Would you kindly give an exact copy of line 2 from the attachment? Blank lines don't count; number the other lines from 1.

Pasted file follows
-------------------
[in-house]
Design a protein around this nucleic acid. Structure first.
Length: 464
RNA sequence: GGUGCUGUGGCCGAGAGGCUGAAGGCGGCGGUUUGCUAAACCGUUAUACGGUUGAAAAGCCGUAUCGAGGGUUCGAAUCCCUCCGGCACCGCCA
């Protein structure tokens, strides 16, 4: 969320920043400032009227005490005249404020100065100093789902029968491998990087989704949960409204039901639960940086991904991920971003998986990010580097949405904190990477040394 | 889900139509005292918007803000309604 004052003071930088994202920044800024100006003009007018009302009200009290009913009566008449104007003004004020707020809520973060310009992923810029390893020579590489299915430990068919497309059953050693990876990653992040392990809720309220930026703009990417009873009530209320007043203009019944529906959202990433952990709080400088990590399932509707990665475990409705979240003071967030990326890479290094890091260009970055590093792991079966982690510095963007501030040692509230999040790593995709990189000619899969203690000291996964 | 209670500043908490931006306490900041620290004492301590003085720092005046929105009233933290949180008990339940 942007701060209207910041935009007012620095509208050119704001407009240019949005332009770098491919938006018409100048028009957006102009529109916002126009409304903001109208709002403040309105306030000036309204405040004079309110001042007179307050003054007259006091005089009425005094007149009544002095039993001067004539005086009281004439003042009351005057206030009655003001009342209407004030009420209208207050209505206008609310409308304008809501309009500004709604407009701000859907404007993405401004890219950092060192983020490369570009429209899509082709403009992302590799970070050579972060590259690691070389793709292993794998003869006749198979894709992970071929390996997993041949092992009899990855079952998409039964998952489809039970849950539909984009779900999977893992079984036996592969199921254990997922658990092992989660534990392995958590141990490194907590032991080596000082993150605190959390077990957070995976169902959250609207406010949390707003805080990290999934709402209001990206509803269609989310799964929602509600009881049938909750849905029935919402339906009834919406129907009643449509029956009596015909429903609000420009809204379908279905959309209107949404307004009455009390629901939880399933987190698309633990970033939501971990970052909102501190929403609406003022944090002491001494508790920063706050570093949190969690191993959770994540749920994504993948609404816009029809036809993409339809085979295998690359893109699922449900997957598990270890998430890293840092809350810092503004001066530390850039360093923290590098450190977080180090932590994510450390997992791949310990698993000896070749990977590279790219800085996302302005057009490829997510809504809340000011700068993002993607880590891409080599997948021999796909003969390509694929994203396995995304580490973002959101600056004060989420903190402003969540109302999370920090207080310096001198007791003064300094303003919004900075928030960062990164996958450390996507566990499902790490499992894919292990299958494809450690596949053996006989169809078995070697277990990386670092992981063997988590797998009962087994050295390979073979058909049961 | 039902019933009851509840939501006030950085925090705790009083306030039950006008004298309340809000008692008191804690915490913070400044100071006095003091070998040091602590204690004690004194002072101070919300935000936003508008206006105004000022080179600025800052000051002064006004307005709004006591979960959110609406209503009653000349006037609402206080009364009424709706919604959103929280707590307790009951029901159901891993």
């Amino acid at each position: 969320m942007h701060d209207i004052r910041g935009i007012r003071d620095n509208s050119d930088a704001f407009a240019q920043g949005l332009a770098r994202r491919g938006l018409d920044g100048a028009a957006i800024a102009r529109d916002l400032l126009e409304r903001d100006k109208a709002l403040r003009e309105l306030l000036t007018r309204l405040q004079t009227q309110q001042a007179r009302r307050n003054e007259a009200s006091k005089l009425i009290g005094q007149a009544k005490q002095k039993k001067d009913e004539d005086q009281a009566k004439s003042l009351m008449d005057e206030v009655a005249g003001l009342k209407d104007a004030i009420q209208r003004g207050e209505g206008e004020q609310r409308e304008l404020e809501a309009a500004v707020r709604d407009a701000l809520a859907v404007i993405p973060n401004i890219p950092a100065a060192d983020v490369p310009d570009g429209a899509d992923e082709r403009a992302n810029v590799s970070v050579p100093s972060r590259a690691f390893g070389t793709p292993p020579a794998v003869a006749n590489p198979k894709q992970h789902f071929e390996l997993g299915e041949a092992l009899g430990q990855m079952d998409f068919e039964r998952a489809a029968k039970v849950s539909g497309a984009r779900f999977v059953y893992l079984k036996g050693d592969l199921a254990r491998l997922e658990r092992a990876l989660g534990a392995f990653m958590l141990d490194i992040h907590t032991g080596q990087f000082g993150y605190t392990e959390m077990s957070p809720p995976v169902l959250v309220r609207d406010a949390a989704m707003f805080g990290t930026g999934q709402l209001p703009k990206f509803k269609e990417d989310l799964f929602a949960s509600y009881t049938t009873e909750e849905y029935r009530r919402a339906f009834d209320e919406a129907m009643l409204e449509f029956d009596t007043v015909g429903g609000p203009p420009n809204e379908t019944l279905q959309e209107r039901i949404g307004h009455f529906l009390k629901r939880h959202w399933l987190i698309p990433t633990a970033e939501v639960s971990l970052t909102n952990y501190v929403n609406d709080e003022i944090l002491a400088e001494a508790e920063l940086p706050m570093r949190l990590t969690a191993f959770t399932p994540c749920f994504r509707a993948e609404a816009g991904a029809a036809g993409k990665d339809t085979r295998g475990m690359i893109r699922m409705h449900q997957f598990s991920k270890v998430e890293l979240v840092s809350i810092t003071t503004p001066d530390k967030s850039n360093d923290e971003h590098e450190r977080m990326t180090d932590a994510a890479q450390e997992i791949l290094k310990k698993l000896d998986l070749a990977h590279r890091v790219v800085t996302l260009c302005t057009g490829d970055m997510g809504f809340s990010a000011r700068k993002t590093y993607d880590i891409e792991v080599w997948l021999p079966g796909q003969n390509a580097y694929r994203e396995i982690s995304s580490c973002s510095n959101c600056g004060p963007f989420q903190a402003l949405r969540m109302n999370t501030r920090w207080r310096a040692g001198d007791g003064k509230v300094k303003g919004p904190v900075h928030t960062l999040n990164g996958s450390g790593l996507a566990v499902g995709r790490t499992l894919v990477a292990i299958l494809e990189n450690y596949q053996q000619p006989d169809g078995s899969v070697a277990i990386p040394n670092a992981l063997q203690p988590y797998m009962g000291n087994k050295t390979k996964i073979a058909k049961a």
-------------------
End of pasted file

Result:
Design a protein around this nucleic acid. Structure first.